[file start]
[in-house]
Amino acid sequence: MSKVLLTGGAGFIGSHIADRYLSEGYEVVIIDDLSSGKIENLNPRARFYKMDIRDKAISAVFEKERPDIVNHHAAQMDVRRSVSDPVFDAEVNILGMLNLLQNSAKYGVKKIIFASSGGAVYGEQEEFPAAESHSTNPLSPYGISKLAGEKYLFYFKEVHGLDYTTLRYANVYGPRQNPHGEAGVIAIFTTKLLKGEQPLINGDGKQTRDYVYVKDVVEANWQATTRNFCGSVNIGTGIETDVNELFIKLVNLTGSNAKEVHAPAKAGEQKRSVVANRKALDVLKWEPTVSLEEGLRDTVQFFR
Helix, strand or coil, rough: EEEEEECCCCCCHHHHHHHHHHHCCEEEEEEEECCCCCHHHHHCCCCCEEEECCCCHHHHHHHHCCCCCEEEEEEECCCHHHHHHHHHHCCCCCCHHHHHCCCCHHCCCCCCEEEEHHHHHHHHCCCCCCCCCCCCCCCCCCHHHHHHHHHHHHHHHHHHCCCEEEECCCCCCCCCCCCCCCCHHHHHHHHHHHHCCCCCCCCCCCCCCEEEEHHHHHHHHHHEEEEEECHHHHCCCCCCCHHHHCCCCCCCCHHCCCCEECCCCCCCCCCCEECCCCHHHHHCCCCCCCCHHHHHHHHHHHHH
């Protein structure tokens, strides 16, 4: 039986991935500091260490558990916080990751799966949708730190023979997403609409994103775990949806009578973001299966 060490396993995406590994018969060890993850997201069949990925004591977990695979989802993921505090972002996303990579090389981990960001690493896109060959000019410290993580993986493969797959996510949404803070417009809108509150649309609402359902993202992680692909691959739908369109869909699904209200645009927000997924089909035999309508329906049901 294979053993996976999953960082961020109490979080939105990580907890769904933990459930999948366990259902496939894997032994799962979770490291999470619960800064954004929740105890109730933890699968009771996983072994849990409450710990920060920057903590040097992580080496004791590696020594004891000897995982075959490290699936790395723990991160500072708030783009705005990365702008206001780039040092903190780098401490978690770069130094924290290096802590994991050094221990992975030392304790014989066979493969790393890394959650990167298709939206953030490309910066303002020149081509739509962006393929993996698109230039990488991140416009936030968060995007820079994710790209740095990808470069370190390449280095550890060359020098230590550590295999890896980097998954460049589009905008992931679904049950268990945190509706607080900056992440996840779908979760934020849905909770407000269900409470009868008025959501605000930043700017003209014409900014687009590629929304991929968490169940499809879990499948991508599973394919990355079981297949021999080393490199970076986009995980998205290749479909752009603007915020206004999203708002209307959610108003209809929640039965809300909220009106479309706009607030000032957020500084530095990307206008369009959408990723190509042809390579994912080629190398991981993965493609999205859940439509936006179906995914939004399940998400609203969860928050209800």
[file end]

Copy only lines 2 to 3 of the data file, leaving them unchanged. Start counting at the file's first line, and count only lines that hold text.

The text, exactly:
Amino acid sequence: MSKVLLTGGAGFIGSHIADRYLSEGYEVVIIDDLSSGKIENLNPRARFYKMDIRDKAISAVFEKERPDIVNHHAAQMDVRRSVSDPVFDAEVNILGMLNLLQNSAKYGVKKIIFASSGGAVYGEQEEFPAAESHSTNPLSPYGISKLAGEKYLFYFKEVHGLDYTTLRYANVYGPRQNPHGEAGVIAIFTTKLLKGEQPLINGDGKQTRDYVYVKDVVEANWQATTRNFCGSVNIGTGIETDVNELFIKLVNLTGSNAKEVHAPAKAGEQKRSVVANRKALDVLKWEPTVSLEEGLRDTVQFFR
Helix, strand or coil, rough: EEEEEECCCCCCHHHHHHHHHHHCCEEEEEEEECCCCCHHHHHCCCCCEEEECCCCHHHHHHHHCCCCCEEEEEEECCCHHHHHHHHHHCCCCCCHHHHHCCCCHHCCCCCCEEEEHHHHHHHHCCCCCCCCCCCCCCCCCCHHHHHHHHHHHHHHHHHHCCCEEEECCCCCCCCCCCCCCCCHHHHHHHHHHHHCCCCCCCCCCCCCCEEEEHHHHHHHHHHEEEEEECHHHHCCCCCCCHHHHCCCCCCCCHHCCCCEECCCCCCCCCCCEECCCCHHHHHCCCCCCCCHHHHHHHHHHHHH